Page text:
Shannon McBride has felt the fog of depression and anxiety nearly her whole life, until an accidental run-in with a pamphlet at the post-office changed her life.
When panic and anxiety come for the accademic, how does she cope? Sarah Barnette shares her recovery story.
Anuradha Malhotra has keeps finding ways to quell her depressive symptoms, but her cures always seem to run out of gas. Now she’s finding other ways of moving forward.
Not hallucinations, but rather some of the smaller and fuzzier denizens native to Cambridge, Massachusetts. There is no metaphor more fitting for the person I was back then: twitchy, easily startled, a propensity to run scared from others. I had lost all the avenues I’d had to hide from depression and anxiety, and they closed in like a pair of gangsters in an alleyway.
by Mike Veny
Mental health silent retreats have been an important tool in my recovery. They have allowed me to forgive, heal, and gain clarity.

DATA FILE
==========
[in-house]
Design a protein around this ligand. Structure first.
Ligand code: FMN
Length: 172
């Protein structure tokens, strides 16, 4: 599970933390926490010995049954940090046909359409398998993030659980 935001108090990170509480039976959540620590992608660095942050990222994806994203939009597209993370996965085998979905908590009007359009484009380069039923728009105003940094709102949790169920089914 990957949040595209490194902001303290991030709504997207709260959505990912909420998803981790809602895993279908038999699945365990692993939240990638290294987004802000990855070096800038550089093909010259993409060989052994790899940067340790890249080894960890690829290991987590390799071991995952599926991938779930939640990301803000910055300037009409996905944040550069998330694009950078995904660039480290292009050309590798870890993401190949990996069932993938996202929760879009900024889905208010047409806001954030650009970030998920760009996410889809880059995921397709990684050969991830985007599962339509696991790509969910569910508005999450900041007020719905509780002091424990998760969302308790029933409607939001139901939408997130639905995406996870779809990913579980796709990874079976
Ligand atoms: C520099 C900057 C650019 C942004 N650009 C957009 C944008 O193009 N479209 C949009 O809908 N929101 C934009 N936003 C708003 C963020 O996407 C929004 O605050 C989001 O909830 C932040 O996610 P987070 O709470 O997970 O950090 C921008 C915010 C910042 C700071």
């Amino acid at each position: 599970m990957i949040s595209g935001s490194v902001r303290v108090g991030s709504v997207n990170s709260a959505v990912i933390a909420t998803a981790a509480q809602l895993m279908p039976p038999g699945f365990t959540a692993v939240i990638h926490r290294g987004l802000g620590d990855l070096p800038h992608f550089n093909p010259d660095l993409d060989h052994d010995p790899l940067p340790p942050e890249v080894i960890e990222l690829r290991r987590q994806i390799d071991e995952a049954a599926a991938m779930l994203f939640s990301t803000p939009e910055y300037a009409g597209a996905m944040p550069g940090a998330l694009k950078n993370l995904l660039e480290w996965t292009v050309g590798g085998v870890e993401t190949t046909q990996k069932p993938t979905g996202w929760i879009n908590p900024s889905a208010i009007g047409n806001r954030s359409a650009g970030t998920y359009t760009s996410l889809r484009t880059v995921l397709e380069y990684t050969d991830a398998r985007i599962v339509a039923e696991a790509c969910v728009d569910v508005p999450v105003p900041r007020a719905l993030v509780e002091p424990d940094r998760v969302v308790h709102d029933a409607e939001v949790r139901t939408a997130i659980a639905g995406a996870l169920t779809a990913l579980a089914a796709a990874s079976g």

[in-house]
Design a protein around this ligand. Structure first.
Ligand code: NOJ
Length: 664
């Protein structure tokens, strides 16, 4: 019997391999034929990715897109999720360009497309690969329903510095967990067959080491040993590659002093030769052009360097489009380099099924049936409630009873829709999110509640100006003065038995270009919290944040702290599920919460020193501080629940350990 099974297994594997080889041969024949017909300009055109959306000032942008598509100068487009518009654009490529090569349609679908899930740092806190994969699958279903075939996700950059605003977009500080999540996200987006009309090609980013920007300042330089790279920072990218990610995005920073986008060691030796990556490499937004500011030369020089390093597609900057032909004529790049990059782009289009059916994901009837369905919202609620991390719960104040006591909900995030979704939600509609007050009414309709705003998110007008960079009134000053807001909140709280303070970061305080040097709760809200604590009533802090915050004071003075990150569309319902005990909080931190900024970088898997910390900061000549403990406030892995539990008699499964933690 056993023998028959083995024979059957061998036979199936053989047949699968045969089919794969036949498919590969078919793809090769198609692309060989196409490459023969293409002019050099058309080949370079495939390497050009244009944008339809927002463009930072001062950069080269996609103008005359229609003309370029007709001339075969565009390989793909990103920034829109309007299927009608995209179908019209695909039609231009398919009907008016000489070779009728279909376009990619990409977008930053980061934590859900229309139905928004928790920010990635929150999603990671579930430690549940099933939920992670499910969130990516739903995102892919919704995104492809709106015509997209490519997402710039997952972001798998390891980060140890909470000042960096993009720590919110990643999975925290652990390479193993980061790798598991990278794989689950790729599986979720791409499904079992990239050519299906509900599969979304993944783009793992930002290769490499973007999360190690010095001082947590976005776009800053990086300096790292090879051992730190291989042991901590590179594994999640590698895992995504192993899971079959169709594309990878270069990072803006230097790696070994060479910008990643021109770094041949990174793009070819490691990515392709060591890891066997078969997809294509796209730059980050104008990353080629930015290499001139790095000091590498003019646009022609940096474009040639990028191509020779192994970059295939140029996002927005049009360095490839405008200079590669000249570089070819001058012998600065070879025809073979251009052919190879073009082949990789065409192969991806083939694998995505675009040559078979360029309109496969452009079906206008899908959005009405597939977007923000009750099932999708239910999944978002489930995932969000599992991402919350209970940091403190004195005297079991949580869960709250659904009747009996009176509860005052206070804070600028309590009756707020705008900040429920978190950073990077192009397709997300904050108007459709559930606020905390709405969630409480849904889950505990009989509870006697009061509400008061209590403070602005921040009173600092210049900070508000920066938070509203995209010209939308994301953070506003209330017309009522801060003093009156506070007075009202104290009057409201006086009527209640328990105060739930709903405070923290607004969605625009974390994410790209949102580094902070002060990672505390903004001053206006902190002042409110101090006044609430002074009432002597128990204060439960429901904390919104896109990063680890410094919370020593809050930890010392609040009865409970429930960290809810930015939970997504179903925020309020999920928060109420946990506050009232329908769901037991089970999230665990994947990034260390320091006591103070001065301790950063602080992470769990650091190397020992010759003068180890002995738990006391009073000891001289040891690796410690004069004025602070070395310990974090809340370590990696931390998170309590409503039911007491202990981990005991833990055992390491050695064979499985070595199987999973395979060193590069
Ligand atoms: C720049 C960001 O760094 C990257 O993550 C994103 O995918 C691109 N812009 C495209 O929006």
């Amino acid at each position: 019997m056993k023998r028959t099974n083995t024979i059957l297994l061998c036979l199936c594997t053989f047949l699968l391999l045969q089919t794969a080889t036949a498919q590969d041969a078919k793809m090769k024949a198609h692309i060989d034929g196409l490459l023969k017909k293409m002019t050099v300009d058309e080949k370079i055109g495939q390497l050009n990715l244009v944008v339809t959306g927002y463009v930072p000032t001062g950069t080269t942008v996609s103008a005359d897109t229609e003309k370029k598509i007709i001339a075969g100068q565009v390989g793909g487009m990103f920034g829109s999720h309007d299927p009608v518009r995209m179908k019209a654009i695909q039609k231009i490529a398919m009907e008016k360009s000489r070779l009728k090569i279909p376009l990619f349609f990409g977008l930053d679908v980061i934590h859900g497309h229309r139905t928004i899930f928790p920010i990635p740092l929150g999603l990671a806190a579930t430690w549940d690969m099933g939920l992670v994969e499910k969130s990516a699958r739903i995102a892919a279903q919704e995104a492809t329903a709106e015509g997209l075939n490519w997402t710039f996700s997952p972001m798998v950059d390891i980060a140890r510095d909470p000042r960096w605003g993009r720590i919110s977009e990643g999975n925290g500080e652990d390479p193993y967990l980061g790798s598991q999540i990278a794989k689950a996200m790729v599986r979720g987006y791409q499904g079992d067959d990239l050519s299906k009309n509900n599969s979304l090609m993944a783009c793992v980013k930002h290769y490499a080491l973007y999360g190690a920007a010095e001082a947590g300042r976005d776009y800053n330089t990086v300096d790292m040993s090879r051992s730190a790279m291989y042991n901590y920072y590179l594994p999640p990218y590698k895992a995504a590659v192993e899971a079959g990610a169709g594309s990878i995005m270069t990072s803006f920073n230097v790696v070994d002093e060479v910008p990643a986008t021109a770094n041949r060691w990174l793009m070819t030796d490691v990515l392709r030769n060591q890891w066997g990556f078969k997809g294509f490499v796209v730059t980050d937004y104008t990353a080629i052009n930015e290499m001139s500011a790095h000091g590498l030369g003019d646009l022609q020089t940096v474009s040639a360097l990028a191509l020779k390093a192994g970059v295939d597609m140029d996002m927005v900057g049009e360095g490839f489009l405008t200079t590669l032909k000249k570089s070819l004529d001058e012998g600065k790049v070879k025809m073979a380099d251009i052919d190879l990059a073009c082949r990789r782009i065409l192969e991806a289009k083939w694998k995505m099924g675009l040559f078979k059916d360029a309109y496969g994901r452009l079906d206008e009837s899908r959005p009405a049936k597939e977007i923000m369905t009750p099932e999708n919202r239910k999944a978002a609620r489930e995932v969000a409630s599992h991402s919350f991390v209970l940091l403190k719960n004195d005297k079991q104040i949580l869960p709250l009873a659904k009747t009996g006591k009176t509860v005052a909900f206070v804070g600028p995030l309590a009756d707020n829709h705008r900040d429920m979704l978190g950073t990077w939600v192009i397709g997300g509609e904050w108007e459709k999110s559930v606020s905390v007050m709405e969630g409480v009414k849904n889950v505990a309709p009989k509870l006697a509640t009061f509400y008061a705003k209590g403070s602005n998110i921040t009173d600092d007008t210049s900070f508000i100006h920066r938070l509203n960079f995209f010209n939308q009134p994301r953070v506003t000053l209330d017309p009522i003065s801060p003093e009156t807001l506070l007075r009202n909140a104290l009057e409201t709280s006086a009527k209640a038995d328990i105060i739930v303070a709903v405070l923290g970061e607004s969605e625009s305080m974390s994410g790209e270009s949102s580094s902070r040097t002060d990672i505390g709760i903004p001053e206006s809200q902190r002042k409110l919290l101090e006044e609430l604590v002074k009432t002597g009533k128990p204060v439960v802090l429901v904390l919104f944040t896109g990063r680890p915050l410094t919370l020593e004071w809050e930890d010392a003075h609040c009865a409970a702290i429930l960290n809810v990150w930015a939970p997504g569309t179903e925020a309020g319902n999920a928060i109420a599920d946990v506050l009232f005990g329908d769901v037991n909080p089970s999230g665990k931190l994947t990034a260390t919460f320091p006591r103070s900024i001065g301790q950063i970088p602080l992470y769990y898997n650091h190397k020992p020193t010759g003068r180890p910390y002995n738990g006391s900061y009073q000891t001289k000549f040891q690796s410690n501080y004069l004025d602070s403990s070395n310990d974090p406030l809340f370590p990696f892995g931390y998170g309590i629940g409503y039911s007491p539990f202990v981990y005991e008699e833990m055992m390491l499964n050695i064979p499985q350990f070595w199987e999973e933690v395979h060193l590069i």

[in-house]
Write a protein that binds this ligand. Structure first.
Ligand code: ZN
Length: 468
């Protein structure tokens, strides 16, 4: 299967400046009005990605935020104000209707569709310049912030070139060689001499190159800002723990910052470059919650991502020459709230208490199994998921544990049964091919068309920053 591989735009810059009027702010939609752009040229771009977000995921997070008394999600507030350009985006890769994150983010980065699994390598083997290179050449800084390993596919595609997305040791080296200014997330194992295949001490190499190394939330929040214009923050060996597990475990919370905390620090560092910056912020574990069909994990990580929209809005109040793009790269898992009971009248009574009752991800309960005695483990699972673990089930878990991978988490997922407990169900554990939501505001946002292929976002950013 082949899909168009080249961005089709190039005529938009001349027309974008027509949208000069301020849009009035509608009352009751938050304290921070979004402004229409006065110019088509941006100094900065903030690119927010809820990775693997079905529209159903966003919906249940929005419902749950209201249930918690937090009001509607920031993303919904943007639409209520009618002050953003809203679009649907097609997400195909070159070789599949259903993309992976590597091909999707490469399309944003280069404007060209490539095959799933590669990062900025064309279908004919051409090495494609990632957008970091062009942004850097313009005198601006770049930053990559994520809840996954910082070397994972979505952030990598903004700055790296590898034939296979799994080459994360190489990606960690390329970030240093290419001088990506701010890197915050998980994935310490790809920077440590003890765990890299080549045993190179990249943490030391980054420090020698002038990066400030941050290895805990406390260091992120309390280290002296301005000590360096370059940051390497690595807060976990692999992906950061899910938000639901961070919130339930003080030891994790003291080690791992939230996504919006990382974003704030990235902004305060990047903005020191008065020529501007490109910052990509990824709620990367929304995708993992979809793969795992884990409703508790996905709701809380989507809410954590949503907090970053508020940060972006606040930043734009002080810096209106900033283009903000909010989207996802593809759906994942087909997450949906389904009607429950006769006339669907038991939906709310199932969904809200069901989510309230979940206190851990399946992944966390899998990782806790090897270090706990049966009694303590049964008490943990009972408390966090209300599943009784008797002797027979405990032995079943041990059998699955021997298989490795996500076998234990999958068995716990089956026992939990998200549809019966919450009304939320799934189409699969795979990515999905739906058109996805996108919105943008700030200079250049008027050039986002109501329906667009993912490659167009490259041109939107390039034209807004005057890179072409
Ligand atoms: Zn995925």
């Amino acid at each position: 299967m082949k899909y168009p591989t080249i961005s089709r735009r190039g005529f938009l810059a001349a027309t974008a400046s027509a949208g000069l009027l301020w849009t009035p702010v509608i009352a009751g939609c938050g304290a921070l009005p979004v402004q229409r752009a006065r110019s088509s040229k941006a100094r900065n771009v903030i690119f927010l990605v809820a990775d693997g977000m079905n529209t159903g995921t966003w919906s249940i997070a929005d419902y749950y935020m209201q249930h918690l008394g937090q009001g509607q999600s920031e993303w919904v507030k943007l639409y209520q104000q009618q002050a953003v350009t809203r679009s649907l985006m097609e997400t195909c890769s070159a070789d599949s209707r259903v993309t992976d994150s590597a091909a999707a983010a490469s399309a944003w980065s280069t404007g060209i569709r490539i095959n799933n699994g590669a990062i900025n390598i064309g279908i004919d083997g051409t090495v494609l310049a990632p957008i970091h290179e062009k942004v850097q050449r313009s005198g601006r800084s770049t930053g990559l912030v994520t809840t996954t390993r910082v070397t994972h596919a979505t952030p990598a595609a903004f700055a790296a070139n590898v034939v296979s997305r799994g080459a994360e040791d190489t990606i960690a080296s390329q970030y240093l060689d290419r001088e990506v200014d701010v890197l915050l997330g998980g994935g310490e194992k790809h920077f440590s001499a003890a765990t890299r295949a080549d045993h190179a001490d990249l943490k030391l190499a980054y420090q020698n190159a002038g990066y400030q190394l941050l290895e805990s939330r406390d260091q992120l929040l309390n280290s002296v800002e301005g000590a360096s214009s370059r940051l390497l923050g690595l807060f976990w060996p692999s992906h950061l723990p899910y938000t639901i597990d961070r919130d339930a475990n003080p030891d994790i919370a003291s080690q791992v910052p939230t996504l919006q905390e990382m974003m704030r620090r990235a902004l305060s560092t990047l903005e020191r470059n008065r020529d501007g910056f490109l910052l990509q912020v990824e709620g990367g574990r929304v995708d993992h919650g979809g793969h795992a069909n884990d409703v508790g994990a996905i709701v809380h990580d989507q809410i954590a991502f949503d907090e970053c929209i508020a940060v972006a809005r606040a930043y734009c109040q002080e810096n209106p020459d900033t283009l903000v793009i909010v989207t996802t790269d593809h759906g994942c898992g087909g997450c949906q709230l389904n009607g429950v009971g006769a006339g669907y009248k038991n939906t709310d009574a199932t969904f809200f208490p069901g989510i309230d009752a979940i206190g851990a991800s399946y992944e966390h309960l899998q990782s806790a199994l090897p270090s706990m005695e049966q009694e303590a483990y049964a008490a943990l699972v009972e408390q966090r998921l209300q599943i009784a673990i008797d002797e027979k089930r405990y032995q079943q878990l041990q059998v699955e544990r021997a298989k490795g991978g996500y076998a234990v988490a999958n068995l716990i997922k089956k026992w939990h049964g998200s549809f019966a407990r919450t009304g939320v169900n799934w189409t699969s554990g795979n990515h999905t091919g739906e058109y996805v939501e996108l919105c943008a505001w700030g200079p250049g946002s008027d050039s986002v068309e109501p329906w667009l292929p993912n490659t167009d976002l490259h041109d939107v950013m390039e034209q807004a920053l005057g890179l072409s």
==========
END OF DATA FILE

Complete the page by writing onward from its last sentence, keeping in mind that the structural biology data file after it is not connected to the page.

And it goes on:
This disassociated state, where you plan your death as though you were planning Tuesday night’s dinner, is one of the many shades of depression.
In 2006 I was diagnosed with generalized anxiety disorder with panic attacks and depersonalization. At the time, I was actively pursuing a career in music.
Confronted with debilitating depression, anxiety, and a life filled with chaos, I was led to a spiritual solution to manage my mental health meltdown.
I don’t really want to share any of this. My mind is like a pendulum swinging from, “I don’t have any mental health problems and it’s a sham to pretend. . .